Leaving Sullivan Station I follow a man. He’s wearing blue jeans and a black sweatshirt; black hair, swept over his head; a black backpack. I walk a few steps behind him, ten at most. He walks about four blocks to an apartment building. He never sees me.
Every person I know would think this is wrong. Even if I do nothing, I’ve robbed this person of privacy. They’ve unwittingly shared the tiniest chunk of reality with me, but they didn’t intend to. My innocuous information gathering—even if nothing comes from it—was, in a sense, robbery.
When lovers act this way, it’s paranoia. When strangers do, it’s stalking. It’s the art of paedophiles and killers.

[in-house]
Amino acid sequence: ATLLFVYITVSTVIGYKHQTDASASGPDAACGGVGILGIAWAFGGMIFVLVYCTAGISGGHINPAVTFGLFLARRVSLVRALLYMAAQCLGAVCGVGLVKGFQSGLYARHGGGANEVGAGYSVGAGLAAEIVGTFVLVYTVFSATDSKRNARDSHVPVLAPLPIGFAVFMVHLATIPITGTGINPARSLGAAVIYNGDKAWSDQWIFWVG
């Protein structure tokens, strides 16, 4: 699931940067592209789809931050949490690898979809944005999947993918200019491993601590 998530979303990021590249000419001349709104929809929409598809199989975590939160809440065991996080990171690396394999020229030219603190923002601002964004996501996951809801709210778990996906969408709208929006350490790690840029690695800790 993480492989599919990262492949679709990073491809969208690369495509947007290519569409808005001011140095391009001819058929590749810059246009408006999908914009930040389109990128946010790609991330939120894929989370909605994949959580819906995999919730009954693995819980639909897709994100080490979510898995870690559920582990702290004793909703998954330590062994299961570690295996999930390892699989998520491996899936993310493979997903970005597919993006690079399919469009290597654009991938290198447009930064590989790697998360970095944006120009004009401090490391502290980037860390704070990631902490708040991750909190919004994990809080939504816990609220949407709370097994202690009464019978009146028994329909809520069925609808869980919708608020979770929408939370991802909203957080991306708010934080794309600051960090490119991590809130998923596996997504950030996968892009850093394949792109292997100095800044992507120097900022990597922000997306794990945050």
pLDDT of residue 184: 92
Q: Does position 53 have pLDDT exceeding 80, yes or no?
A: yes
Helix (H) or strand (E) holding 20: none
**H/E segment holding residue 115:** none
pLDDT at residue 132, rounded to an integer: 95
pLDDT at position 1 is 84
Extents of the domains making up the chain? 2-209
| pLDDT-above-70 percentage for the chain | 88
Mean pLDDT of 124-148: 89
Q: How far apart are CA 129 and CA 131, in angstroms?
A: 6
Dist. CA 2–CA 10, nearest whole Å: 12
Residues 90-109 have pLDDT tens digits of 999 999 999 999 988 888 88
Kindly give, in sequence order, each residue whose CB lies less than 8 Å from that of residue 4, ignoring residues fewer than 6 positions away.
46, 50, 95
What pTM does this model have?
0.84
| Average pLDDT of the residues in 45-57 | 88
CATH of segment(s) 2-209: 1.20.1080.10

It’s the mark of modern marketing, too. Disguised by terms like “predictive analytics” and “big data” (Orwell couldn’t write this), companies stalk you every day. They know your route home from the subway, alternates too. They know the brand of those jeans, when and where you bought them. They know what porn you like. They know your politics.
Whether or not they know this anonymously doesn’t matter—the incessant, unsolicited stare is directly analogous with my subway stalking. It’s dehumanizing in the same way that violence is, when people are stripped of their subjecthood and reduced to bodies, stereotypes, “data.” Like other forms of dehumanization, I hope we’ll grow unwilling to tolerate its excesses.